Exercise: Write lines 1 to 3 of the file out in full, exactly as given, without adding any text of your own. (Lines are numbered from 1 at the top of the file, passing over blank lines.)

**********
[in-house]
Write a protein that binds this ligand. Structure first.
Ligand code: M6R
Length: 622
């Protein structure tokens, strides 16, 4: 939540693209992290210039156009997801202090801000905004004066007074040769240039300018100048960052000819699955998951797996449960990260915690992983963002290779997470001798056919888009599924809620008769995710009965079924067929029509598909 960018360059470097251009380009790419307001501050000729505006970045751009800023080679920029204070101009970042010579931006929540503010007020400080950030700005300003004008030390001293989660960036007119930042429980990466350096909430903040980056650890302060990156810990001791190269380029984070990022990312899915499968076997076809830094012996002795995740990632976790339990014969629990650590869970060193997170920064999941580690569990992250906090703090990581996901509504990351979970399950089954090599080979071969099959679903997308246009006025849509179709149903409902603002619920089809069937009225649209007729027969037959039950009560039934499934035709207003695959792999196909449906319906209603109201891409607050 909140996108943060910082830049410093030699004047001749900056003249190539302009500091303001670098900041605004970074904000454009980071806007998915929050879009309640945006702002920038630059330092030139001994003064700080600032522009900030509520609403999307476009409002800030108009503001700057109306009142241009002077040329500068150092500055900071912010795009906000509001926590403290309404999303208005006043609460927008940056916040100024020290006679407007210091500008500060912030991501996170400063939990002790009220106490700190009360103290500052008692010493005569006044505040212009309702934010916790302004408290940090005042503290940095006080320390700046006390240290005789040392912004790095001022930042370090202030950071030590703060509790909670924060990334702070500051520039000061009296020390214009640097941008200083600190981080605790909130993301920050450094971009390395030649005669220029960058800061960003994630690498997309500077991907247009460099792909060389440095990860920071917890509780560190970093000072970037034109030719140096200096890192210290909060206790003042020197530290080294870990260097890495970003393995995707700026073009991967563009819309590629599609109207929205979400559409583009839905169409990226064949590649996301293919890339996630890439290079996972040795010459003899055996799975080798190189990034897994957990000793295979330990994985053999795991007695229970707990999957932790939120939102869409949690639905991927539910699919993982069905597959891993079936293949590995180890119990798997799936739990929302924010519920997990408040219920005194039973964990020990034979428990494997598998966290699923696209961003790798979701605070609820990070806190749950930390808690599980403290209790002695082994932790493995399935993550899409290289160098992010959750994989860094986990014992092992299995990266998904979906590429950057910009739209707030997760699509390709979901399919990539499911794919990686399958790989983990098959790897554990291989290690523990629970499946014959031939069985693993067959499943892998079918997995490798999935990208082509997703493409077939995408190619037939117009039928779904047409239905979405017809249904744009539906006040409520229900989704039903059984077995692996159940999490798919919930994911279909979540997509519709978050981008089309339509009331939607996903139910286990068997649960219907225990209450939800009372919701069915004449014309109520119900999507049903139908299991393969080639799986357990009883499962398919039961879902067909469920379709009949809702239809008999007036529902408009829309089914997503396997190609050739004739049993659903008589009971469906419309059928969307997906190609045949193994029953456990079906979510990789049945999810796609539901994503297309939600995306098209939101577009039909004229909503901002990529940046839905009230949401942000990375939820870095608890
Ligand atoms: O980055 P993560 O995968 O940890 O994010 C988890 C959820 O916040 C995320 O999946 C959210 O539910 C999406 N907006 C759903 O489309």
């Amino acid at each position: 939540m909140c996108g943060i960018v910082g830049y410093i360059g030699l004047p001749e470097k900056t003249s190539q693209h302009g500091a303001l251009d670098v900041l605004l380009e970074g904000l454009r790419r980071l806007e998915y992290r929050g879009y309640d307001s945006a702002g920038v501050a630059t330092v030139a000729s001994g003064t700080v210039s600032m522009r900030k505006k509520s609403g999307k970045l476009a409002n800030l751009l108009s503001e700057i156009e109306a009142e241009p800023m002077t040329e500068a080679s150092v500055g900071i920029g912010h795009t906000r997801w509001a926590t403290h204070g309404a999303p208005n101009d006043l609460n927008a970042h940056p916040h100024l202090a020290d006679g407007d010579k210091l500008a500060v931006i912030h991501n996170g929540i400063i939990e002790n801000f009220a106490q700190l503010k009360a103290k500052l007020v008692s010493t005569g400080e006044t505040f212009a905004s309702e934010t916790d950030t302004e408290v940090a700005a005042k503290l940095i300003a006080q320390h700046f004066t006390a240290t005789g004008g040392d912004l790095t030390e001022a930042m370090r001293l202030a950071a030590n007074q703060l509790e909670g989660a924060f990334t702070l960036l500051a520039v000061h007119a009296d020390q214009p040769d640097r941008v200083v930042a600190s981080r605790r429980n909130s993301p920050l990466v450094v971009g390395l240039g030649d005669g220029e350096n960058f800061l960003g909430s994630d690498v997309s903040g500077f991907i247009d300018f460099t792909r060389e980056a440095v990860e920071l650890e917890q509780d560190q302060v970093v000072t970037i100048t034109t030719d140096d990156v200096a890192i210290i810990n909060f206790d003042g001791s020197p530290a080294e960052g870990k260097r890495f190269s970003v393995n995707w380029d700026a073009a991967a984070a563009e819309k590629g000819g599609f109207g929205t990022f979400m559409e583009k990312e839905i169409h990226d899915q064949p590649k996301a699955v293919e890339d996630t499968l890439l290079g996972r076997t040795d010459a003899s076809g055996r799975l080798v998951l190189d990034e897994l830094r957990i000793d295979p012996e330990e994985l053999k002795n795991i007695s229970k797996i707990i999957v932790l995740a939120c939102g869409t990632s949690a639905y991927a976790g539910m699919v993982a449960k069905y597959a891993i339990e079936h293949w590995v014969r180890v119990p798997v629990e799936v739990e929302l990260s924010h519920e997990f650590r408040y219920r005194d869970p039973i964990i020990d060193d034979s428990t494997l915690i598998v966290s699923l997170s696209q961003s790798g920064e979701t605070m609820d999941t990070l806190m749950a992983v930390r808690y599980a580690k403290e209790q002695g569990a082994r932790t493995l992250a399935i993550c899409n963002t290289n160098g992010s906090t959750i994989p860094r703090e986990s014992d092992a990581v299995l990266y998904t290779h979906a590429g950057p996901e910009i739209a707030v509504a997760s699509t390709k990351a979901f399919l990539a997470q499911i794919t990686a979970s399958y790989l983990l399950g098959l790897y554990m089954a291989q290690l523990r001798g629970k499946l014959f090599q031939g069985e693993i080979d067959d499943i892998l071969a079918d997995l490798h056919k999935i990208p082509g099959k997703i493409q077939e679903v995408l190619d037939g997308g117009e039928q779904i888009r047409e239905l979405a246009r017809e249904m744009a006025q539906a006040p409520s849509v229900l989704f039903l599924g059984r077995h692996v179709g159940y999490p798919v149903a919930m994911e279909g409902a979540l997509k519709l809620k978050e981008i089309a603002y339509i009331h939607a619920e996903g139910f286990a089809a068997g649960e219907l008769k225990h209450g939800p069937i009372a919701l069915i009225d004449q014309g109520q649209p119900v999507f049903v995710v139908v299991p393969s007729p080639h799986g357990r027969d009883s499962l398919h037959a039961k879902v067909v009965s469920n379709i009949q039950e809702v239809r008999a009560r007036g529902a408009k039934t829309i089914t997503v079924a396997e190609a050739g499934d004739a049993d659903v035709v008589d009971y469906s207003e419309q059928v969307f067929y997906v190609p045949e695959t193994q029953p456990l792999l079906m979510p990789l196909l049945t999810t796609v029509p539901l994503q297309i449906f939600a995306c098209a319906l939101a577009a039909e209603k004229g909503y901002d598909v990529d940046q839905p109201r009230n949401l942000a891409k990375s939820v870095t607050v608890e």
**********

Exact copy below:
[in-house]
Write a protein that binds this ligand. Structure first.
Ligand code: M6R